Slow isn’t exactly the word, doggy might be. And it wasn’t always so. But my version of IE8 running under Windows 7 became so slow it was not useable. So it was time for the google.
Judging by the various posts I ran across, it seems that this is a common problem; all begging for a solution. And yes, there were a number of cautious solutions posted. But really, who can believe someone that claims that you must run IE8 as the administrator? Go ahead, try it.
One of the posts seemed to point in the right direction, it was quite possible that something I installed was causing the problem. Or perhaps, there was something wrong with a recent Microsoft update. Indeed, I had a good suspect as I had recently installed some old tools found in Office XP. I mean, who wants to shell out for a completely new office suite?
So I spent several hours trying to restore my computer to a point before that installation. Anyone having luck with Window’s system restore? I’m not. Each and every restore point that gets so diligently installed failed. It seems, that a number of tools remove files when they upgrade, for example, FireFox which produced repeated failures because restore could not find one file or another. Sometimes the missing file was suppose to be in, of all places, the temp folder. Once a missing file was suppose to be in my trash bin. I guess it is asking too much for everyone to put installation files in a place that doesn’t get cleaned out once in a while.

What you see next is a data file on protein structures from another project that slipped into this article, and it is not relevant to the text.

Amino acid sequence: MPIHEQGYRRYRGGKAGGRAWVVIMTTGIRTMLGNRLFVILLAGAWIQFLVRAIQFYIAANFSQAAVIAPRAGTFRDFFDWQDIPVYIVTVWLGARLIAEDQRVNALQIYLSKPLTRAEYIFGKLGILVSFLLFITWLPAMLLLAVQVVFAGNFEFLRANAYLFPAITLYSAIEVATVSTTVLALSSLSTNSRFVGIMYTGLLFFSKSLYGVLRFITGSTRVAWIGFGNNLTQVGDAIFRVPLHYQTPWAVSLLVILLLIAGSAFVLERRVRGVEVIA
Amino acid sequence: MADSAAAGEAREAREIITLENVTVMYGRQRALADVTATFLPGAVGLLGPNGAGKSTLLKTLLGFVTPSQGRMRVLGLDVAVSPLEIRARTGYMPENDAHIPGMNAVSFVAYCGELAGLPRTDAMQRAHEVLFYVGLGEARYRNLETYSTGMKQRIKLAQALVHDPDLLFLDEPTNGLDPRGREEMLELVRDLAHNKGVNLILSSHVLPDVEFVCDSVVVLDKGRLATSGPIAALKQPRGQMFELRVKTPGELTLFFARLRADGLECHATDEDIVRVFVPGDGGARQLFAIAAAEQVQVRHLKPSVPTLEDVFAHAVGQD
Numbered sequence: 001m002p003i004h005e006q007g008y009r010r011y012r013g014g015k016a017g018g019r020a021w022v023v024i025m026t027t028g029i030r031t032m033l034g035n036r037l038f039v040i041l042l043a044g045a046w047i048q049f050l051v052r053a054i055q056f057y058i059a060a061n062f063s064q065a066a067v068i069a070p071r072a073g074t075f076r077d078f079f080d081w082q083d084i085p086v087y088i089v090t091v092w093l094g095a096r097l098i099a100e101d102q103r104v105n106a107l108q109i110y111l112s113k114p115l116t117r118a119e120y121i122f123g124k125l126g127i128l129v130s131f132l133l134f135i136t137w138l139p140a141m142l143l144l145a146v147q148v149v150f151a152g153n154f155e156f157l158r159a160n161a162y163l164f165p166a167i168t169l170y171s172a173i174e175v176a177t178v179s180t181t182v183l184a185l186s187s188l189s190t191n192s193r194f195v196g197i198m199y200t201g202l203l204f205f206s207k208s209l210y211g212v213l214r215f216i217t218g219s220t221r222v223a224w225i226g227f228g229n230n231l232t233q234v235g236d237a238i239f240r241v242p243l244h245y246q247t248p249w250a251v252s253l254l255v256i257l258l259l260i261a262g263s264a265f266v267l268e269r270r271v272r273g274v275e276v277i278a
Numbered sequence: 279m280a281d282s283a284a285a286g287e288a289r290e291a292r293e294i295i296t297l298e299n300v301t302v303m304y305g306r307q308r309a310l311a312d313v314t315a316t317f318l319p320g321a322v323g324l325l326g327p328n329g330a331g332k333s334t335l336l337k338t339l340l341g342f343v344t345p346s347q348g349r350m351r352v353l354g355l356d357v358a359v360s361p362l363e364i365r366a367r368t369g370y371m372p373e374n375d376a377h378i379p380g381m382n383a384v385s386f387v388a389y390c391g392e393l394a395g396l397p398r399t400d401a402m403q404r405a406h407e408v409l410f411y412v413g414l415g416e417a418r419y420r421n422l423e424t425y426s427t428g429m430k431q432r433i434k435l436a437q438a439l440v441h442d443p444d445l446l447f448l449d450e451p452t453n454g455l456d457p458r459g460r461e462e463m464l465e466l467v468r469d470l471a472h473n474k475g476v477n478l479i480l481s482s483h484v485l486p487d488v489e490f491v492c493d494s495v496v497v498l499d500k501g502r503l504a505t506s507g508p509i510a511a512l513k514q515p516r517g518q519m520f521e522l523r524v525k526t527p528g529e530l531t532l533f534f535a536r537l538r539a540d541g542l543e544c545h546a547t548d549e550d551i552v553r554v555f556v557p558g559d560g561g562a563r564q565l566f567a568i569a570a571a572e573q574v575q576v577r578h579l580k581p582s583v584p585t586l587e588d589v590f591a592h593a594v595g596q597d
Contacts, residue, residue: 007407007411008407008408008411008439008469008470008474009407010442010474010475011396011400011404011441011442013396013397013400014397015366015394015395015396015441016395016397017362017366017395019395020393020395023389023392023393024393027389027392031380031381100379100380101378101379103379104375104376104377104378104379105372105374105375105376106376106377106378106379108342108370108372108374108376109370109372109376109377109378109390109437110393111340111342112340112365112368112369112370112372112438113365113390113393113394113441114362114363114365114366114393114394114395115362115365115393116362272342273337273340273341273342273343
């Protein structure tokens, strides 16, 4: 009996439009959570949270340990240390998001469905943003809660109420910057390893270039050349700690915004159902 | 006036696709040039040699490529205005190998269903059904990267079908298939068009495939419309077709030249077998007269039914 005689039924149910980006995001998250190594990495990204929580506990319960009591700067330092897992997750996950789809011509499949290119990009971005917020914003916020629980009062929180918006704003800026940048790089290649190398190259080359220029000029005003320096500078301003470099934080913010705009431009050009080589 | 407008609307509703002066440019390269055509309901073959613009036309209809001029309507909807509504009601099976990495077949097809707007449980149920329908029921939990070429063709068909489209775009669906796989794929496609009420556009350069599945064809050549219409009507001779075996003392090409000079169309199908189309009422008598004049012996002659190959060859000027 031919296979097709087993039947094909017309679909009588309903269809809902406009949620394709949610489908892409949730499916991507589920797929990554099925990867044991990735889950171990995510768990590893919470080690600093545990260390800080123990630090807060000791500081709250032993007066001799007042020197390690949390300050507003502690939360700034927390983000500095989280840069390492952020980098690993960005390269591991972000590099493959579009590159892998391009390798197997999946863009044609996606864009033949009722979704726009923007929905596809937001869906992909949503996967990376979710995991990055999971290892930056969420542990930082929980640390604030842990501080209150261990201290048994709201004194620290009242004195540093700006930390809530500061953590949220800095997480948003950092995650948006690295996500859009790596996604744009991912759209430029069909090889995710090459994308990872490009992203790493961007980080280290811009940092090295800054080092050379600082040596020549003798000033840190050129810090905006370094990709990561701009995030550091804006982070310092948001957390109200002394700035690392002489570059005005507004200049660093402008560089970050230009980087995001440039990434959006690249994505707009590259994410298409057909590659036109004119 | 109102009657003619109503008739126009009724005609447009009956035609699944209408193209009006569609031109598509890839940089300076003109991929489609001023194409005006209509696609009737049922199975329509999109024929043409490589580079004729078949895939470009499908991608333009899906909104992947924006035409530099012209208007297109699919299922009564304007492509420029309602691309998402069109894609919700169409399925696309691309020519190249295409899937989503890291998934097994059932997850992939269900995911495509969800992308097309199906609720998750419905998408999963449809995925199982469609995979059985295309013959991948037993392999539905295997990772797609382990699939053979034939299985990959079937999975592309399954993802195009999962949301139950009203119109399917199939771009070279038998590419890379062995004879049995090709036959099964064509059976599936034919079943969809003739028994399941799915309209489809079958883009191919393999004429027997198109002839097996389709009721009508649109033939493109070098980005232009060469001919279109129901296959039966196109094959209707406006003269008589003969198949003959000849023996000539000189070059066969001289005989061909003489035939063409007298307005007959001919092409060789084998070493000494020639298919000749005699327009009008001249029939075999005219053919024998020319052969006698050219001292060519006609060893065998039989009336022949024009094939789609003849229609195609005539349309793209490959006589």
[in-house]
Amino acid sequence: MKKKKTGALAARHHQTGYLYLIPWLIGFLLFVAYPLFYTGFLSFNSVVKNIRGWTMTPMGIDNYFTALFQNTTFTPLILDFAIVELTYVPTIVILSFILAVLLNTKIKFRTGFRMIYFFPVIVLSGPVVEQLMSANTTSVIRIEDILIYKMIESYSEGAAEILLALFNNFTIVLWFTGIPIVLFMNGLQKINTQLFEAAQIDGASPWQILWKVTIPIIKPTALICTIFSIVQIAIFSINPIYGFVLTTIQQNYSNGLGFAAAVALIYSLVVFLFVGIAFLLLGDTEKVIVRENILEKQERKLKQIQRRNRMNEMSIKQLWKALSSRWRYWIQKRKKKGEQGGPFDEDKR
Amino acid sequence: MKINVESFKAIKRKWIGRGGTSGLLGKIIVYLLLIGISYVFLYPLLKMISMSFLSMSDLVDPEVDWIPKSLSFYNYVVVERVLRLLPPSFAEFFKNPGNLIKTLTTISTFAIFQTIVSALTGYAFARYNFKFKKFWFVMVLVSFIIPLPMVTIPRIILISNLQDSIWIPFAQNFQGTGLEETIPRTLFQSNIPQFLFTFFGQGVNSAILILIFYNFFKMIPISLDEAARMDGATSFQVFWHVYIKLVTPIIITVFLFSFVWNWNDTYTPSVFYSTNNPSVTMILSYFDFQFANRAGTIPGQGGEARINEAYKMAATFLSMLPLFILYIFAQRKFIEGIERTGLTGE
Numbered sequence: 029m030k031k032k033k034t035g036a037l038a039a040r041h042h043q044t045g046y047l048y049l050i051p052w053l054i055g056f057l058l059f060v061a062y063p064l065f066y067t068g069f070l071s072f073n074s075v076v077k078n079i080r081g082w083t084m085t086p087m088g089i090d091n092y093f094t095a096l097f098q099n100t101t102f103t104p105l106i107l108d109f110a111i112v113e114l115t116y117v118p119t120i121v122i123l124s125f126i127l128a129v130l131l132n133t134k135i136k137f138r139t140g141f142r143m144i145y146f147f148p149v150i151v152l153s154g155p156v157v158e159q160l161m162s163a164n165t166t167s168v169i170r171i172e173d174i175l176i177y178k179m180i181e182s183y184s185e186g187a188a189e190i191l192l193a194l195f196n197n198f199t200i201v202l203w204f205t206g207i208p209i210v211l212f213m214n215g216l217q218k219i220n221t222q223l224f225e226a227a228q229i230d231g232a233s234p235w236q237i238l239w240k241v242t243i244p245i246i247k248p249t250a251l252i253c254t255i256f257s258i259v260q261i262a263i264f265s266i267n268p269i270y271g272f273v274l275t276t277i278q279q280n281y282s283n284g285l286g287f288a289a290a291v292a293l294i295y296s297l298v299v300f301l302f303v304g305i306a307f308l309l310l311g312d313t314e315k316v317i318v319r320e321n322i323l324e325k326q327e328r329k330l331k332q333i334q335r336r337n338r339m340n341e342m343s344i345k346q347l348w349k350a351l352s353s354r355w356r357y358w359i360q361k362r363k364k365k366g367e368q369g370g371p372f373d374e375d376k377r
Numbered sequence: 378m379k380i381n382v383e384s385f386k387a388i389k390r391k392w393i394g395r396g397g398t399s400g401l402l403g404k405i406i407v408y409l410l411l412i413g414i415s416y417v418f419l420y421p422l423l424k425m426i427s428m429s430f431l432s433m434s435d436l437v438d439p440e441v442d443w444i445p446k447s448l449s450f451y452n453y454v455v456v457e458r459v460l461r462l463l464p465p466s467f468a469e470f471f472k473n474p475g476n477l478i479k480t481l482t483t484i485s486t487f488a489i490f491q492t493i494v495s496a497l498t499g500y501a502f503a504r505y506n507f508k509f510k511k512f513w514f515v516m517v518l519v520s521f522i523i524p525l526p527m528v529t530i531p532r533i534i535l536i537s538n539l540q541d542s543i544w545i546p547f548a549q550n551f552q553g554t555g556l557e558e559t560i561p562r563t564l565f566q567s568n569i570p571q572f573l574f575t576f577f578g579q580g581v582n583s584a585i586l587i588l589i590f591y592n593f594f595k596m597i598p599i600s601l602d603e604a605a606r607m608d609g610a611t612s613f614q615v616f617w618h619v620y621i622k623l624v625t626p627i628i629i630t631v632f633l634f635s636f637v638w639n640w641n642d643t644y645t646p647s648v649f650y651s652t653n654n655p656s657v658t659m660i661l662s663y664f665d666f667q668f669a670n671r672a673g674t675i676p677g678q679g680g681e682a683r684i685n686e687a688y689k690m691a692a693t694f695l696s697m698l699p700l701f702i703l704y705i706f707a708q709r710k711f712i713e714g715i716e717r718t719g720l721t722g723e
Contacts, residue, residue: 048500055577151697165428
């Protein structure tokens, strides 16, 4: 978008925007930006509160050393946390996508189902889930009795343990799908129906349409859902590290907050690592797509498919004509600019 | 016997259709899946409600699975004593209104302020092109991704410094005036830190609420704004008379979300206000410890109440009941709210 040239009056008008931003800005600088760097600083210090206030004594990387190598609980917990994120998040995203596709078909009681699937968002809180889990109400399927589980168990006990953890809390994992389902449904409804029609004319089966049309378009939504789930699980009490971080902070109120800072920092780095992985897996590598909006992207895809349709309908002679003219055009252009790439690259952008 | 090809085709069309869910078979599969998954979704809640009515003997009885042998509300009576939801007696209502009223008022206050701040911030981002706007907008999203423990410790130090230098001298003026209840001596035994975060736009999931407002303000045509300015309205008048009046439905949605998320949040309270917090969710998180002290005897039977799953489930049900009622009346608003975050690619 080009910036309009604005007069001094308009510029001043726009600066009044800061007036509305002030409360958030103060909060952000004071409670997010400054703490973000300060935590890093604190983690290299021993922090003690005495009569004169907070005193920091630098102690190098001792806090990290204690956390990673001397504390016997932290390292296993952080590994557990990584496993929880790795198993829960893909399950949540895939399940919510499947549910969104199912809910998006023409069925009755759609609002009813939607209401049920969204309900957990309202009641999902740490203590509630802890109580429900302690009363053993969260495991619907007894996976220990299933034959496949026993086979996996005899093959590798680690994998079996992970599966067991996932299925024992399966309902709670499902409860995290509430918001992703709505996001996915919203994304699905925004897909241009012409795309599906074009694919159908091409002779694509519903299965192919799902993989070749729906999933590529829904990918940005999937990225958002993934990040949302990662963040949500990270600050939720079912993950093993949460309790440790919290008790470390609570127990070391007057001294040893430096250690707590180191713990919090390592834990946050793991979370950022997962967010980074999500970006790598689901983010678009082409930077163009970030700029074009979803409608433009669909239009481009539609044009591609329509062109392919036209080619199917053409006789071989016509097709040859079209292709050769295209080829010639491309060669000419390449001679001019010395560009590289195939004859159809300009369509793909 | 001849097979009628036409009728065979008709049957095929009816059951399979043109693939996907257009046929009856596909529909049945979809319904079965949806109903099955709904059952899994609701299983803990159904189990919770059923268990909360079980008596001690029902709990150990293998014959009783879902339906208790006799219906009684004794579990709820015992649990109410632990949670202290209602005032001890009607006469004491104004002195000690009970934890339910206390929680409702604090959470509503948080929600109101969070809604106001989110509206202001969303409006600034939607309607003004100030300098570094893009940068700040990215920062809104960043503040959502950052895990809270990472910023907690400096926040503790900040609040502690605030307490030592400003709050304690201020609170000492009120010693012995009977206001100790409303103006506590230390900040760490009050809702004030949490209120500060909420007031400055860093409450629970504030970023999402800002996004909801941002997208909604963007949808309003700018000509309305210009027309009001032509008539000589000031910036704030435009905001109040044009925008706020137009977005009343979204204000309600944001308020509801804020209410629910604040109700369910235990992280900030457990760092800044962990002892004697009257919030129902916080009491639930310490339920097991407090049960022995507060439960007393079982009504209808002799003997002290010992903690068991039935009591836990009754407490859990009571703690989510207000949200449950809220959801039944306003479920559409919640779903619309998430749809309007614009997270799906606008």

So rather than de-install my favorite old XP tools, I had a hunch. My suspect, IE8’s protected mode. I was already having trouble browsing sites that used cookies, regardless of the security settings I chose. What about that check box to turn this feature off?
Voila! IE8 is fast again!
You have to wonder if this so called protected mode is a bit of a typical republican overreach. I mean, why use a browser if most of the websites I surf fail to display properly? In addition, I assume that all my browsing is being recorded by Microsoft.
The truth is, it is not a browser’s place in life to continually check and record where I am surfing. The checking rightfully belongs attached to my Internet or Network connection, either in my hardware router or as software installed on my system.
Is protected mode worth waiting around 30 or more seconds for a page to load? I doubt it.